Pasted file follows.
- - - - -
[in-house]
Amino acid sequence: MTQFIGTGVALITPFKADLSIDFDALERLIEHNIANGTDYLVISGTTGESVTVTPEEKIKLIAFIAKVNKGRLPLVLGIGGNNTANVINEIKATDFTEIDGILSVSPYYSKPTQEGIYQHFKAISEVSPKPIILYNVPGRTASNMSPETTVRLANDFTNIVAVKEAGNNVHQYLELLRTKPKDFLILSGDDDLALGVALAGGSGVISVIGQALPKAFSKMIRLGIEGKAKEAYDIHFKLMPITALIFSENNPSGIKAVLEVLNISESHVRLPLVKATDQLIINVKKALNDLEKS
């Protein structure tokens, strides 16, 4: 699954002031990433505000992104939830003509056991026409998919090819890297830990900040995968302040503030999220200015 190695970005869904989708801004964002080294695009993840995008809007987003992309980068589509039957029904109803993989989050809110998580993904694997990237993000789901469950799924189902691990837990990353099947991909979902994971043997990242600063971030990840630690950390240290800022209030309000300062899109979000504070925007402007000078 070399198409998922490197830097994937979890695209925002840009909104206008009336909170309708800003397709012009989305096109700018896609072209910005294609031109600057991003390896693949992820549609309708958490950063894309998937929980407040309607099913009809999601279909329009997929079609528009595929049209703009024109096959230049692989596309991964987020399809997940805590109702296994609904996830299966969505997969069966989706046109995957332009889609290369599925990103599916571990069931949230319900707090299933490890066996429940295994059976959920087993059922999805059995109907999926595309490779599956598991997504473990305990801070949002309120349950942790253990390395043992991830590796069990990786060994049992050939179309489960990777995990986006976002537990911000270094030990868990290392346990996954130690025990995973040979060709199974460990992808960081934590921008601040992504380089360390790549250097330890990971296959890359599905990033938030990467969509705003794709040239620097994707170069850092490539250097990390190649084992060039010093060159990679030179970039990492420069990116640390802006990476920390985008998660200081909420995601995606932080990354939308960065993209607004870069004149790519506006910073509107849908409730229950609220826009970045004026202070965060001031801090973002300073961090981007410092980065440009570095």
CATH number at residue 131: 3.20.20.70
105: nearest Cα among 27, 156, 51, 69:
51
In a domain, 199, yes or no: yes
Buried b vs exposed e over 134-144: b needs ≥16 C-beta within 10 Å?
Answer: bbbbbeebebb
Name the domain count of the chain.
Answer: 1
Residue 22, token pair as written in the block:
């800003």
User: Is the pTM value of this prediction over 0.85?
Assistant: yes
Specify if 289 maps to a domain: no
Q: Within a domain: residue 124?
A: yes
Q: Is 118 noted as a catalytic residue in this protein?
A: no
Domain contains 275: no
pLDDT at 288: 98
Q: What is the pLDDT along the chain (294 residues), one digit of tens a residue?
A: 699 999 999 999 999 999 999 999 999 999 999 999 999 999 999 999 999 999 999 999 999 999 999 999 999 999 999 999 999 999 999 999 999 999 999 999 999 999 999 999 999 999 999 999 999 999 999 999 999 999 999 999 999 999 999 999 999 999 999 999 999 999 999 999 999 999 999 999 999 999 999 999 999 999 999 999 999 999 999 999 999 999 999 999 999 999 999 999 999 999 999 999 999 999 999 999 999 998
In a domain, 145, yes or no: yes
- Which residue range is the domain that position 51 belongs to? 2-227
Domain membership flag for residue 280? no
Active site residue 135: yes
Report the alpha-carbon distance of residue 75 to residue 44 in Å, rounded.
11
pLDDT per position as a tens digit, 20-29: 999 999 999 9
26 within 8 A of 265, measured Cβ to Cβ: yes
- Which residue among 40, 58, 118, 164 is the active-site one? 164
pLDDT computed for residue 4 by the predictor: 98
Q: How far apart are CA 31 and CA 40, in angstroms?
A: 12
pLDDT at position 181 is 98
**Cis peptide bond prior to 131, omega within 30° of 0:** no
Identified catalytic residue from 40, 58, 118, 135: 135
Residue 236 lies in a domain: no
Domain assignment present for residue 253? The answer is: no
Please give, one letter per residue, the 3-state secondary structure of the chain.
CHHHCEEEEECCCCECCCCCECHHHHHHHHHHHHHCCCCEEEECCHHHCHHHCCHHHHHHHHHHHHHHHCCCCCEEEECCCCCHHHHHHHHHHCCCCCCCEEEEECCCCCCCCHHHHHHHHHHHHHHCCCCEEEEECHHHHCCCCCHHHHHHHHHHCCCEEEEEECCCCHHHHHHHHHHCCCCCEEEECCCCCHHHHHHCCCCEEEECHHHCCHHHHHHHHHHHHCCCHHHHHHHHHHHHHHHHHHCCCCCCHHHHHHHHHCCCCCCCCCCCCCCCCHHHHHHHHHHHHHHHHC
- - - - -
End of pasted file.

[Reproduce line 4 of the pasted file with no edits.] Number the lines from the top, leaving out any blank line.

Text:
CATH number at residue 131: 3.20.20.70